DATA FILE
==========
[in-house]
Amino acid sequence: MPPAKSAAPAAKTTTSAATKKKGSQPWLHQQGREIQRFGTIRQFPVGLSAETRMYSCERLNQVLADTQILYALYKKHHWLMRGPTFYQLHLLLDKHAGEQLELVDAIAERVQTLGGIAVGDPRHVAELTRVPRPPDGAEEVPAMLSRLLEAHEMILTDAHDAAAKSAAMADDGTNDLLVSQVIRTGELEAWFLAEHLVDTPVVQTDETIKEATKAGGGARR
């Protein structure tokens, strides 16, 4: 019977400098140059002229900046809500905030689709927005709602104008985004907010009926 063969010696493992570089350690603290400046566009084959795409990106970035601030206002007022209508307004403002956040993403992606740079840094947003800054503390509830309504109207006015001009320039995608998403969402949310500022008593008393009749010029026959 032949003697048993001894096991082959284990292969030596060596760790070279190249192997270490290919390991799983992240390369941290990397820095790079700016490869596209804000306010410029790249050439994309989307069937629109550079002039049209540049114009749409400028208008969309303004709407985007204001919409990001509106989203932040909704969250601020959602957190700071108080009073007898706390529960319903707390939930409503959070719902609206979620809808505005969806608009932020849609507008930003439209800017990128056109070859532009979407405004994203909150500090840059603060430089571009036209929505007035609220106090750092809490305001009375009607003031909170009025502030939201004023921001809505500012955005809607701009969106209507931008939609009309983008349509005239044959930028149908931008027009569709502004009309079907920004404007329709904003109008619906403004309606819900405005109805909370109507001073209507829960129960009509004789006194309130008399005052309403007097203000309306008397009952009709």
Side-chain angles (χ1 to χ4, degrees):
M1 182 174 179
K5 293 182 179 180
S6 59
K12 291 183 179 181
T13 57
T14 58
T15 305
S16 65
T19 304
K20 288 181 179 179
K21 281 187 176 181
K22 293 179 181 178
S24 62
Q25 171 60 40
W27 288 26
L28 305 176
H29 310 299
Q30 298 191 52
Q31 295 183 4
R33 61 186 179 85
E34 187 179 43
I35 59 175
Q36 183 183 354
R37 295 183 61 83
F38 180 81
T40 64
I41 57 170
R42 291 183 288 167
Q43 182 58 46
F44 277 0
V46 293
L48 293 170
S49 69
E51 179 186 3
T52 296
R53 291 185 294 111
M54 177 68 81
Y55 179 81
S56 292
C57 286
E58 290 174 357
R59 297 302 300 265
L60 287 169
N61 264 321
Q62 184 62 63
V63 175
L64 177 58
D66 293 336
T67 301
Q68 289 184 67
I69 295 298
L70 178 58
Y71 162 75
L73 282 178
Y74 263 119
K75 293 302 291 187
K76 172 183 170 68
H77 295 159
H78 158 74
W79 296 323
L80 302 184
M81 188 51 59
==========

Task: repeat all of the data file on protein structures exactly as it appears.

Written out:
[in-house]
Amino acid sequence: MPPAKSAAPAAKTTTSAATKKKGSQPWLHQQGREIQRFGTIRQFPVGLSAETRMYSCERLNQVLADTQILYALYKKHHWLMRGPTFYQLHLLLDKHAGEQLELVDAIAERVQTLGGIAVGDPRHVAELTRVPRPPDGAEEVPAMLSRLLEAHEMILTDAHDAAAKSAAMADDGTNDLLVSQVIRTGELEAWFLAEHLVDTPVVQTDETIKEATKAGGGARR
């Protein structure tokens, strides 16, 4: 019977400098140059002229900046809500905030689709927005709602104008985004907010009926 063969010696493992570089350690603290400046566009084959795409990106970035601030206002007022209508307004403002956040993403992606740079840094947003800054503390509830309504109207006015001009320039995608998403969402949310500022008593008393009749010029026959 032949003697048993001894096991082959284990292969030596060596760790070279190249192997270490290919390991799983992240390369941290990397820095790079700016490869596209804000306010410029790249050439994309989307069937629109550079002039049209540049114009749409400028208008969309303004709407985007204001919409990001509106989203932040909704969250601020959602957190700071108080009073007898706390529960319903707390939930409503959070719902609206979620809808505005969806608009932020849609507008930003439209800017990128056109070859532009979407405004994203909150500090840059603060430089571009036209929505007035609220106090750092809490305001009375009607003031909170009025502030939201004023921001809505500012955005809607701009969106209507931008939609009309983008349509005239044959930028149908931008027009569709502004009309079907920004404007329709904003109008619906403004309606819900405005109805909370109507001073209507829960129960009509004789006194309130008399005052309403007097203000309306008397009952009709």
Side-chain angles (χ1 to χ4, degrees):
M1 182 174 179
K5 293 182 179 180
S6 59
K12 291 183 179 181
T13 57
T14 58
T15 305
S16 65
T19 304
K20 288 181 179 179
K21 281 187 176 181
K22 293 179 181 178
S24 62
Q25 171 60 40
W27 288 26
L28 305 176
H29 310 299
Q30 298 191 52
Q31 295 183 4
R33 61 186 179 85
E34 187 179 43
I35 59 175
Q36 183 183 354
R37 295 183 61 83
F38 180 81
T40 64
I41 57 170
R42 291 183 288 167
Q43 182 58 46
F44 277 0
V46 293
L48 293 170
S49 69
E51 179 186 3
T52 296
R53 291 185 294 111
M54 177 68 81
Y55 179 81
S56 292
C57 286
E58 290 174 357
R59 297 302 300 265
L60 287 169
N61 264 321
Q62 184 62 63
V63 175
L64 177 58
D66 293 336
T67 301
Q68 289 184 67
I69 295 298
L70 178 58
Y71 162 75
L73 282 178
Y74 263 119
K75 293 302 291 187
K76 172 183 170 68
H77 295 159
H78 158 74
W79 296 323
L80 302 184
M81 188 51 59